Increasing Blood Vessel Permeability to Get Treatments to the Retina
A Foundation-funded research team from the Johns Hopkins School of Medicine
has identified a technique that may someday enable vision-saving therapies to
more effectively penetrate the retina. Led by Dr. Jeremy Nathans, the
team found that reducing the levels of two proteins, Frizzled4 and Norrin,
increases retinal blood vessel permeability, which eventually could provide
better diffusion of future treatments. The discovery was made in a mouse study
and reported in a recent issue of the journal Cell.
Blood vessels in a healthy outer retina form what is known as the blood-retina barrier to protect the eye from infections and harmful substances. However, the barrier also prevents many drugs and therapies — especially those comprised of large molecules — from getting inside the eye. Temporarily weakening the barrier might provide an opportunistic window for delivering treatments to the retina and inner regions of the eye.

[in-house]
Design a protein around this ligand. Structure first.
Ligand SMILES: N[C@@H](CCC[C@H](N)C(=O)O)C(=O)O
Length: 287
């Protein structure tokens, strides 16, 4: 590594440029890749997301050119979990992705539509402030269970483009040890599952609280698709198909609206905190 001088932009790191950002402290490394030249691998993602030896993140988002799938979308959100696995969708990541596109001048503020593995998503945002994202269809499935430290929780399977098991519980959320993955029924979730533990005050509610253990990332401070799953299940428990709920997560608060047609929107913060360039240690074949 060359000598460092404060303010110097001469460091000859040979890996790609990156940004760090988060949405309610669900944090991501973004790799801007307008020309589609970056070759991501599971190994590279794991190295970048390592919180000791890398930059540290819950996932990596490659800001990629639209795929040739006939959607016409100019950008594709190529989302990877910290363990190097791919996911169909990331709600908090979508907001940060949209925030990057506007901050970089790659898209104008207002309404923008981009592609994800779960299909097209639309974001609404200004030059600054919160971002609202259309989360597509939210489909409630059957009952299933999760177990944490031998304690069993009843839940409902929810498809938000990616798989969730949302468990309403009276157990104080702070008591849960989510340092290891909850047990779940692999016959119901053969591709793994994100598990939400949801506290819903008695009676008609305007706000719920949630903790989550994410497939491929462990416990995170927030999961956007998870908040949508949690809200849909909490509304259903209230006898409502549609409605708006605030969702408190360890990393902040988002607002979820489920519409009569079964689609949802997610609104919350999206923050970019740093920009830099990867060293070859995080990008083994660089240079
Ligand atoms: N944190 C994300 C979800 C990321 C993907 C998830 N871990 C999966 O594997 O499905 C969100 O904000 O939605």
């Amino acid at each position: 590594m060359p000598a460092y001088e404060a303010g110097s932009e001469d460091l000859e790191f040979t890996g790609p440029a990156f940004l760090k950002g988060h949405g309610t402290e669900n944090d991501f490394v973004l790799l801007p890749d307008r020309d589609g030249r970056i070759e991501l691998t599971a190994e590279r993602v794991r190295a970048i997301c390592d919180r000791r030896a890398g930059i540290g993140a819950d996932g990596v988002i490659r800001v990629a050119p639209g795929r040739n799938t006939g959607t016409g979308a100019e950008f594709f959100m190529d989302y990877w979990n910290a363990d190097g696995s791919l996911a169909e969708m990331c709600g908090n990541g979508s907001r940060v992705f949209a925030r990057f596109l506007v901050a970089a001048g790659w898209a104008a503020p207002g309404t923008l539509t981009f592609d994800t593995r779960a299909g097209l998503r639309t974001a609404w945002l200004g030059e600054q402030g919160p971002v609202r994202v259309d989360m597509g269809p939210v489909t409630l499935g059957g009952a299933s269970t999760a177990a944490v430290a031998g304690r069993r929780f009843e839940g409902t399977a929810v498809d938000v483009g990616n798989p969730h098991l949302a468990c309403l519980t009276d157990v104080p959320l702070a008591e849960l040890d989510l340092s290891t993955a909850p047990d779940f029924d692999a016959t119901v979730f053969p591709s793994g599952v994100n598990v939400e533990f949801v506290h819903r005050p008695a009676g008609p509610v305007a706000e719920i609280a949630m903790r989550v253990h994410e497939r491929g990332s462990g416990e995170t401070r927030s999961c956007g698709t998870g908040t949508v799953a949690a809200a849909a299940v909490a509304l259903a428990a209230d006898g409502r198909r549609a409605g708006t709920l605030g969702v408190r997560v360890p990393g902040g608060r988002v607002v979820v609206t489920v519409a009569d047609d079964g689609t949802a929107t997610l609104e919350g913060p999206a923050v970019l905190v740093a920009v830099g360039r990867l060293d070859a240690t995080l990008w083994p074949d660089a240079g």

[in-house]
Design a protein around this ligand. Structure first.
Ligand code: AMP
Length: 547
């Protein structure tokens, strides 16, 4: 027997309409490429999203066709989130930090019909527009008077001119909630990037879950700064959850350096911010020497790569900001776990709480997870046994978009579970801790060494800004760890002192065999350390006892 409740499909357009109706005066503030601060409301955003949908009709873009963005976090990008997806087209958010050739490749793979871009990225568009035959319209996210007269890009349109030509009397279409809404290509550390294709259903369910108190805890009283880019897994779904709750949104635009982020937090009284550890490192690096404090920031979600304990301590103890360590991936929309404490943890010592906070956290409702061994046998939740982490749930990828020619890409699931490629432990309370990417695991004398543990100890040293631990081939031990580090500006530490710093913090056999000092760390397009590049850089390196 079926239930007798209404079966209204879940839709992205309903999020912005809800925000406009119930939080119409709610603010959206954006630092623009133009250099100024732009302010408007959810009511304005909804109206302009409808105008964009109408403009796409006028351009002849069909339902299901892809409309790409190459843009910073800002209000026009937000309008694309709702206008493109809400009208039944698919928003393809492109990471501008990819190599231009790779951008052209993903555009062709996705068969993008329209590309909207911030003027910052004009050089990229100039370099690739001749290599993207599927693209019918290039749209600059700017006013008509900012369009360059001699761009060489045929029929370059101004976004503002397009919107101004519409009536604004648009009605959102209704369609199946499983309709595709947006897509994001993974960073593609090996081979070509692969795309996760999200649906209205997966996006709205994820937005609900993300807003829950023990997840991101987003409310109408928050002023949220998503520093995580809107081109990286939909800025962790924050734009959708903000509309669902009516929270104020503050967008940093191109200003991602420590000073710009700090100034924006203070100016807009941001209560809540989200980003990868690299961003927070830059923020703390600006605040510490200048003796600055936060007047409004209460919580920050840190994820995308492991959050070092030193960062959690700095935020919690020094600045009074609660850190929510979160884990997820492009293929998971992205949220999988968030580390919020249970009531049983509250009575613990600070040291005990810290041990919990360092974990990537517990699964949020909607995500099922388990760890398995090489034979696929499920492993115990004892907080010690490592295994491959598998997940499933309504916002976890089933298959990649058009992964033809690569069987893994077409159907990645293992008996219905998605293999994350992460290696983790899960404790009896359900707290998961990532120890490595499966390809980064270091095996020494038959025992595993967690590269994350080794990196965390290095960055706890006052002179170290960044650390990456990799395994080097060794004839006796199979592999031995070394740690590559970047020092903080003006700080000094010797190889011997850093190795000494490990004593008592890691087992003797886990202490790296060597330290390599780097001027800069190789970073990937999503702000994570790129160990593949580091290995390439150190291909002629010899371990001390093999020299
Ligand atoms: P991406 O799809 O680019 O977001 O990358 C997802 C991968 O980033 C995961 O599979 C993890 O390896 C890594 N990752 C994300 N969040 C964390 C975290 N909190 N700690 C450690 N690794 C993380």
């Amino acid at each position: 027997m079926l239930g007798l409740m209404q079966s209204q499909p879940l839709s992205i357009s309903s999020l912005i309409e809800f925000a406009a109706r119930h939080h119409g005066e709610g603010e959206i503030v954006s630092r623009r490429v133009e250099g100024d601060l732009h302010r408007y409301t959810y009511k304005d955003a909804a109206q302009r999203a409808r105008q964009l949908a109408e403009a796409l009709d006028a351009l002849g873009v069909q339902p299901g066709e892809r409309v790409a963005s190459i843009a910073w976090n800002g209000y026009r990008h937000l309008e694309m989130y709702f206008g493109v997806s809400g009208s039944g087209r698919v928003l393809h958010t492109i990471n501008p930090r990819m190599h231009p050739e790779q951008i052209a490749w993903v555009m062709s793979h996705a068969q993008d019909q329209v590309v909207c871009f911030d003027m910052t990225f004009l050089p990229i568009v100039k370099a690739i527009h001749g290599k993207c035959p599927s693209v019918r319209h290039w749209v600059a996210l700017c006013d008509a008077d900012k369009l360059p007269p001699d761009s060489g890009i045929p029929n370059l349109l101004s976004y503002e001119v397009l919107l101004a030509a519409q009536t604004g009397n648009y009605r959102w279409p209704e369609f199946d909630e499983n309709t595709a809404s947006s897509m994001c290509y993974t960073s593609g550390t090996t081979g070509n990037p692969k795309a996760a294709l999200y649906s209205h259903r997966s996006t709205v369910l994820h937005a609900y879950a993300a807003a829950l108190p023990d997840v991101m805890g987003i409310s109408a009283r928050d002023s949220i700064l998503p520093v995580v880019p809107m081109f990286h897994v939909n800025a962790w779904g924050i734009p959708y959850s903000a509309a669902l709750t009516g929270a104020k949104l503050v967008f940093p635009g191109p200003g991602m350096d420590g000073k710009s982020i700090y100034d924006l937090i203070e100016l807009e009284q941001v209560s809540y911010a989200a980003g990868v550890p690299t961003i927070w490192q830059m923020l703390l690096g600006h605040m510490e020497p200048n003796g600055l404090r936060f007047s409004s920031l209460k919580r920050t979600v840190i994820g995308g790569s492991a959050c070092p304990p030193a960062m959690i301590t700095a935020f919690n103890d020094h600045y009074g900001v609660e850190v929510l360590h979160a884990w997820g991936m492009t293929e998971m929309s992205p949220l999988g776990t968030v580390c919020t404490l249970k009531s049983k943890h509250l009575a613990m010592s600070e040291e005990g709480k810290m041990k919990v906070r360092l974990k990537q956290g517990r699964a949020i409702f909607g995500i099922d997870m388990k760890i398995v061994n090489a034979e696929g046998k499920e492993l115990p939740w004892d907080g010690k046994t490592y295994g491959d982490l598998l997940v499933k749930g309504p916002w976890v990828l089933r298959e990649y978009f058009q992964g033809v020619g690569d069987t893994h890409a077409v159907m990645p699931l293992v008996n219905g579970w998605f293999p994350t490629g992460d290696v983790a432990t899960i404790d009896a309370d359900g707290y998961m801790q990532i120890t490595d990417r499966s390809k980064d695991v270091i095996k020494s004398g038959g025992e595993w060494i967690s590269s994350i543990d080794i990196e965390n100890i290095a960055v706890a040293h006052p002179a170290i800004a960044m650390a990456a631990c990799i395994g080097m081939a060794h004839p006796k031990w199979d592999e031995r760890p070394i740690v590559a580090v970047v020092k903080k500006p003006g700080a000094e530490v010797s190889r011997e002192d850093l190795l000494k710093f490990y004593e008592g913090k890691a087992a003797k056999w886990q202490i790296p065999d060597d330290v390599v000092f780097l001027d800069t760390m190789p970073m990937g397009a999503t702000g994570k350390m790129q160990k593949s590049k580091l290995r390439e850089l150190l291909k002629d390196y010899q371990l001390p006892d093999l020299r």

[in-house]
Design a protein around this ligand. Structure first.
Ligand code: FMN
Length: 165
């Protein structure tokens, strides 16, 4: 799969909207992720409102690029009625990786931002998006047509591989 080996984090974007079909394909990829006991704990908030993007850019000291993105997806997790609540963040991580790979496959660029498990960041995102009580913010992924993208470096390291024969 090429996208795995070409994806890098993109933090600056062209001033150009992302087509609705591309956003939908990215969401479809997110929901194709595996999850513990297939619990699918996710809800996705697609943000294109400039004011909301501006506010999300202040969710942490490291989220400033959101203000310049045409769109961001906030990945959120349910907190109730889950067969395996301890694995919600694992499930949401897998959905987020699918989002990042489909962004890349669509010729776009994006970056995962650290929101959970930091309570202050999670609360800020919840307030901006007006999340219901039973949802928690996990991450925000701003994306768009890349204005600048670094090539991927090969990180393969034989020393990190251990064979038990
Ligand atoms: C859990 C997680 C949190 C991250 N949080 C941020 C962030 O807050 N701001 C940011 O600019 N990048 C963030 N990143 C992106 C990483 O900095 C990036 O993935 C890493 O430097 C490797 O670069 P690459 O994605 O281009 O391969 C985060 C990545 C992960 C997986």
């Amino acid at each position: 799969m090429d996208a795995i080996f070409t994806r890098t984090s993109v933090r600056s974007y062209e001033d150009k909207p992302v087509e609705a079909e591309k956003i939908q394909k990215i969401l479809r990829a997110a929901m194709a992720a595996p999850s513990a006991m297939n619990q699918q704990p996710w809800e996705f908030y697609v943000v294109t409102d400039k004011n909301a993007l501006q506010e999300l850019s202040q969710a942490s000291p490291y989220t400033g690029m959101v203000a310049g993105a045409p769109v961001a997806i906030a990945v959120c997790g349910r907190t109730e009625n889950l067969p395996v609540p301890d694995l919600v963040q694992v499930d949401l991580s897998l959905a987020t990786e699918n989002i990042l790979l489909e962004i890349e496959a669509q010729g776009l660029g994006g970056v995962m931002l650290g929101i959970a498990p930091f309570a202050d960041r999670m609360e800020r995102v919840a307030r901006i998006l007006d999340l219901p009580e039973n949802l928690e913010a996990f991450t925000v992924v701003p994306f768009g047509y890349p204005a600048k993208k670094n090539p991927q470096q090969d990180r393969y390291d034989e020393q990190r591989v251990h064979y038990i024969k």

Dr. Nathans indicated that further studies of Frizzled4 and Norrin may reveal new ways to decrease retinal permeability to treat prevalent conditions such as wet age-related macular degeneration and diabetic retinopathy, which are caused by leaky blood vessels.
“This is important work by Dr. Nathans and his colleagues, says Dr. Stephen Rose, chief research officer, Foundation Fighting Blindness. “Being able to control the retina’s vasculature may be a powerful way to efficiently deliver drugs and therapies for a variety of retinal diseases. This isn’t something quite ready to be studied in humans, but it is important that we drive this kind of basic research to come up with new and better approaches to saving vision.”